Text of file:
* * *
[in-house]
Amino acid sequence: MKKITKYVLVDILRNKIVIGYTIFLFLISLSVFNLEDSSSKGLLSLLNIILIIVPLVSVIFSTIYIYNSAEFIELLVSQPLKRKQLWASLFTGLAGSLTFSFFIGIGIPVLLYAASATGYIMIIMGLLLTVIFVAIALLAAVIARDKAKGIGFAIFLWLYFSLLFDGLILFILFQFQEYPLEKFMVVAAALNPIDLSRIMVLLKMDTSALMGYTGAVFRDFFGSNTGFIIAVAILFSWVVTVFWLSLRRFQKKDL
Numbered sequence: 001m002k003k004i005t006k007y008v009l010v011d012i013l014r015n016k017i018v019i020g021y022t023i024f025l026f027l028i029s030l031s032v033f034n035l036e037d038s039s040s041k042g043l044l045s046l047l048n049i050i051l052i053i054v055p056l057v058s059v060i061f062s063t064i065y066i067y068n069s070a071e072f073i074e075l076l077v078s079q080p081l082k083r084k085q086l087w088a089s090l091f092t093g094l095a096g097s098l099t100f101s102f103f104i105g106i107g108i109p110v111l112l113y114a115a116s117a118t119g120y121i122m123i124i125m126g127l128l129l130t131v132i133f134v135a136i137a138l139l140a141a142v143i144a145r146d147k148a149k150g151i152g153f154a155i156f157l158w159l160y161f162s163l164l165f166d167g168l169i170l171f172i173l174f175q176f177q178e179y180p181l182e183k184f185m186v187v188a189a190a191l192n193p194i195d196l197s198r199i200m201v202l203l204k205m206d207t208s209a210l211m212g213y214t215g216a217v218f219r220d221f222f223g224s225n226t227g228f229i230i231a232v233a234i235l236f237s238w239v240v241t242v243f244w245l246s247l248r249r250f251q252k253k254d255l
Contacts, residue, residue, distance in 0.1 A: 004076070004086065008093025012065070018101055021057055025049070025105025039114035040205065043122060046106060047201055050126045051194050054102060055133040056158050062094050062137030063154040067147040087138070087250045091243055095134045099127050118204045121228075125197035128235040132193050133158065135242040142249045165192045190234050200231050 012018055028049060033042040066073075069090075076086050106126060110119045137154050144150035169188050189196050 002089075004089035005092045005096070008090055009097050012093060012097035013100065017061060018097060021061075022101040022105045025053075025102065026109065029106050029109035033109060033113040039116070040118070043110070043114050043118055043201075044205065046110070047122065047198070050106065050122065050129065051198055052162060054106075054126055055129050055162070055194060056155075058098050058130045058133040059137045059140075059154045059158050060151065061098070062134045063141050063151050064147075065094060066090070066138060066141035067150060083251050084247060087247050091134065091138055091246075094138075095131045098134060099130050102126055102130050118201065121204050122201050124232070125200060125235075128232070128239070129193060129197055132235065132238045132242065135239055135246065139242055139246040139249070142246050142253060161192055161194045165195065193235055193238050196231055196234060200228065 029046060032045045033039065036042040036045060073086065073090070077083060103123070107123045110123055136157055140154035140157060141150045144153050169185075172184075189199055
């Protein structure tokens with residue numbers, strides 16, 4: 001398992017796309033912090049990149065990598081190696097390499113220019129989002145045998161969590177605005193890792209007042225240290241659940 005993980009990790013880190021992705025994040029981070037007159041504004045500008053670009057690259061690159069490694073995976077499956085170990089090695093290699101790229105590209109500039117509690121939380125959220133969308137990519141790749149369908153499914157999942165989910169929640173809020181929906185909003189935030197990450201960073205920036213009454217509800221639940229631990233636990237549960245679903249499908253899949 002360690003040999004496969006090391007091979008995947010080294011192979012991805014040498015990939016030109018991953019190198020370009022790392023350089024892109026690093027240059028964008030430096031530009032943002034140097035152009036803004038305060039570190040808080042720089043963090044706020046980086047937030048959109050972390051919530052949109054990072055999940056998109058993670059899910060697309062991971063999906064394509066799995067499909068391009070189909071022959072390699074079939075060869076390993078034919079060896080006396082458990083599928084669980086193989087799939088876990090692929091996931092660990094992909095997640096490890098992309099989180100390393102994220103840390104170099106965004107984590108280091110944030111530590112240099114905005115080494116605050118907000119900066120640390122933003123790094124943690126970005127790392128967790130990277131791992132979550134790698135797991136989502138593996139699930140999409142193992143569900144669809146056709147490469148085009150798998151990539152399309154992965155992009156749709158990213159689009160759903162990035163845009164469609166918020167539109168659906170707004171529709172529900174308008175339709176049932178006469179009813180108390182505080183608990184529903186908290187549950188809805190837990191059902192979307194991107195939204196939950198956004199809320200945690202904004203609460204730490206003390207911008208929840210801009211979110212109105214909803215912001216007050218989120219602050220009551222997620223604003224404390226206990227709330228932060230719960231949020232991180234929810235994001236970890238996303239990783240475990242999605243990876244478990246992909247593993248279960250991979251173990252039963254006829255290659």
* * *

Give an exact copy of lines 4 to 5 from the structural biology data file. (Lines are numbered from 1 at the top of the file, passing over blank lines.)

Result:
Contacts, residue, residue, distance in 0.1 A: 004076070004086065008093025012065070018101055021057055025049070025105025039114035040205065043122060046106060047201055050126045051194050054102060055133040056158050062094050062137030063154040067147040087138070087250045091243055095134045099127050118204045121228075125197035128235040132193050133158065135242040142249045165192045190234050200231050 012018055028049060033042040066073075069090075076086050106126060110119045137154050144150035169188050189196050 002089075004089035005092045005096070008090055009097050012093060012097035013100065017061060018097060021061075022101040022105045025053075025102065026109065029106050029109035033109060033113040039116070040118070043110070043114050043118055043201075044205065046110070047122065047198070050106065050122065050129065051198055052162060054106075054126055055129050055162070055194060056155075058098050058130045058133040059137045059140075059154045059158050060151065061098070062134045063141050063151050064147075065094060066090070066138060066141035067150060083251050084247060087247050091134065091138055091246075094138075095131045098134060099130050102126055102130050118201065121204050122201050124232070125200060125235075128232070128239070129193060129197055132235065132238045132242065135239055135246065139242055139246040139249070142246050142253060161192055161194045165195065193235055193238050196231055196234060200228065 029046060032045045033039065036042040036045060073086065073090070077083060103123070107123045110123055136157055140154035140157060141150045144153050169185075172184075189199055
């Protein structure tokens with residue numbers, strides 16, 4: 001398992017796309033912090049990149065990598081190696097390499113220019129989002145045998161969590177605005193890792209007042225240290241659940 005993980009990790013880190021992705025994040029981070037007159041504004045500008053670009057690259061690159069490694073995976077499956085170990089090695093290699101790229105590209109500039117509690121939380125959220133969308137990519141790749149369908153499914157999942165989910169929640173809020181929906185909003189935030197990450201960073205920036213009454217509800221639940229631990233636990237549960245679903249499908253899949 002360690003040999004496969006090391007091979008995947010080294011192979012991805014040498015990939016030109018991953019190198020370009022790392023350089024892109026690093027240059028964008030430096031530009032943002034140097035152009036803004038305060039570190040808080042720089043963090044706020046980086047937030048959109050972390051919530052949109054990072055999940056998109058993670059899910060697309062991971063999906064394509066799995067499909068391009070189909071022959072390699074079939075060869076390993078034919079060896080006396082458990083599928084669980086193989087799939088876990090692929091996931092660990094992909095997640096490890098992309099989180100390393102994220103840390104170099106965004107984590108280091110944030111530590112240099114905005115080494116605050118907000119900066120640390122933003123790094124943690126970005127790392128967790130990277131791992132979550134790698135797991136989502138593996139699930140999409142193992143569900144669809146056709147490469148085009150798998151990539152399309154992965155992009156749709158990213159689009160759903162990035163845009164469609166918020167539109168659906170707004171529709172529900174308008175339709176049932178006469179009813180108390182505080183608990184529903186908290187549950188809805190837990191059902192979307194991107195939204196939950198956004199809320200945690202904004203609460204730490206003390207911008208929840210801009211979110212109105214909803215912001216007050218989120219602050220009551222997620223604003224404390226206990227709330228932060230719960231949020232991180234929810235994001236970890238996303239990783240475990242999605243990876244478990246992909247593993248279960250991979251173990252039963254006829255290659």